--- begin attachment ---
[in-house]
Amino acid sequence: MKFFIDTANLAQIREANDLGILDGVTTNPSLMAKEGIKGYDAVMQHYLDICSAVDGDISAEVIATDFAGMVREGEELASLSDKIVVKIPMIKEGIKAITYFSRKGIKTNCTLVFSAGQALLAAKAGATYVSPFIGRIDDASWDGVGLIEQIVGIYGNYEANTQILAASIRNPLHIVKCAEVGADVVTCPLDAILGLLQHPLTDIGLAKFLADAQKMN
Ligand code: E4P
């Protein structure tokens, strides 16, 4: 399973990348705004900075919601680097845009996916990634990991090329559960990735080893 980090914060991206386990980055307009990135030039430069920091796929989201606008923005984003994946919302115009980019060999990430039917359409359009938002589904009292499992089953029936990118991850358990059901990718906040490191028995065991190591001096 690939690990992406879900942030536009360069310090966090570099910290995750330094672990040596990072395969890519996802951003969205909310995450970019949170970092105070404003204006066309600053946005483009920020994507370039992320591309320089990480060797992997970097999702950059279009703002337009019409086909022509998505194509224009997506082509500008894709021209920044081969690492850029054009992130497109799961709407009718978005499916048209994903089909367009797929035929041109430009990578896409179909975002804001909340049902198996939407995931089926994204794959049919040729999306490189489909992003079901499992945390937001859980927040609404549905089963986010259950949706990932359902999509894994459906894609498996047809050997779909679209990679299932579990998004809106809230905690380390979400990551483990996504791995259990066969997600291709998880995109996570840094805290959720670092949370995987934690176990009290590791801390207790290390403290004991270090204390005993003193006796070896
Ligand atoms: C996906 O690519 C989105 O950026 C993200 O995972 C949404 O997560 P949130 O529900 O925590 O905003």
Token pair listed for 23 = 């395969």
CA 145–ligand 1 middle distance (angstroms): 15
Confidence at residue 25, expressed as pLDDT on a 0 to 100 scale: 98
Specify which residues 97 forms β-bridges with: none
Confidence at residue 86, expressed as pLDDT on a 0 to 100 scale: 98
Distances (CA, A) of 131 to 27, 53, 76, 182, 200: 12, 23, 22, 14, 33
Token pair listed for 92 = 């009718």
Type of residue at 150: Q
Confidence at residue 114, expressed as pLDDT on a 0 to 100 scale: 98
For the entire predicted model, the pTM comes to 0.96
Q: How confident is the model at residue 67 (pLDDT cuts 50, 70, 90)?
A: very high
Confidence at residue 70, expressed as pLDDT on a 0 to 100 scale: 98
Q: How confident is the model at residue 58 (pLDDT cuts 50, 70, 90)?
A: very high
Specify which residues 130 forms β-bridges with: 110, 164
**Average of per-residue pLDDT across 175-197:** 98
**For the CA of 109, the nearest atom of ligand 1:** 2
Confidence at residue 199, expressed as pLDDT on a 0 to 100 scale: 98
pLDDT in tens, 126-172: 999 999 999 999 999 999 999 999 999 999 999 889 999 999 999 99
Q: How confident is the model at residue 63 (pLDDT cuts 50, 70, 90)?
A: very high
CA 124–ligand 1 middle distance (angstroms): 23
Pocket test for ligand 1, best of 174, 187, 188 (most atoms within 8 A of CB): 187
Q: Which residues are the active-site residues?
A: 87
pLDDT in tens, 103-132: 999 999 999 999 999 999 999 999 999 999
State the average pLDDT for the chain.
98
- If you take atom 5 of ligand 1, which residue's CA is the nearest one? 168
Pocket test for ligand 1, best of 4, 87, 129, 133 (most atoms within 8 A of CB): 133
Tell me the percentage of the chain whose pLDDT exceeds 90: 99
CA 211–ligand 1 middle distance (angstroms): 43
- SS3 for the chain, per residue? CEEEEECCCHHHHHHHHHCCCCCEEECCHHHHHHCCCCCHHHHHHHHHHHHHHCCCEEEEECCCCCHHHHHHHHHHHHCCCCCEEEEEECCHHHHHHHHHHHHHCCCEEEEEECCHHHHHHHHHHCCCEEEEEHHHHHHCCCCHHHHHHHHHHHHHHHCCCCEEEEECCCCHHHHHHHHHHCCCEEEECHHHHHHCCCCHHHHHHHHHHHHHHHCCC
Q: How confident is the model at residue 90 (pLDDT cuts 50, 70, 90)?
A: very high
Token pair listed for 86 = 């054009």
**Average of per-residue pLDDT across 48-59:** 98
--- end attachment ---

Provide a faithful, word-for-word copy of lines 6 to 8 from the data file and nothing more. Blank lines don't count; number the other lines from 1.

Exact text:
Token pair listed for 23 = 């395969």
CA 145–ligand 1 middle distance (angstroms): 15
Confidence at residue 25, expressed as pLDDT on a 0 to 100 scale: 98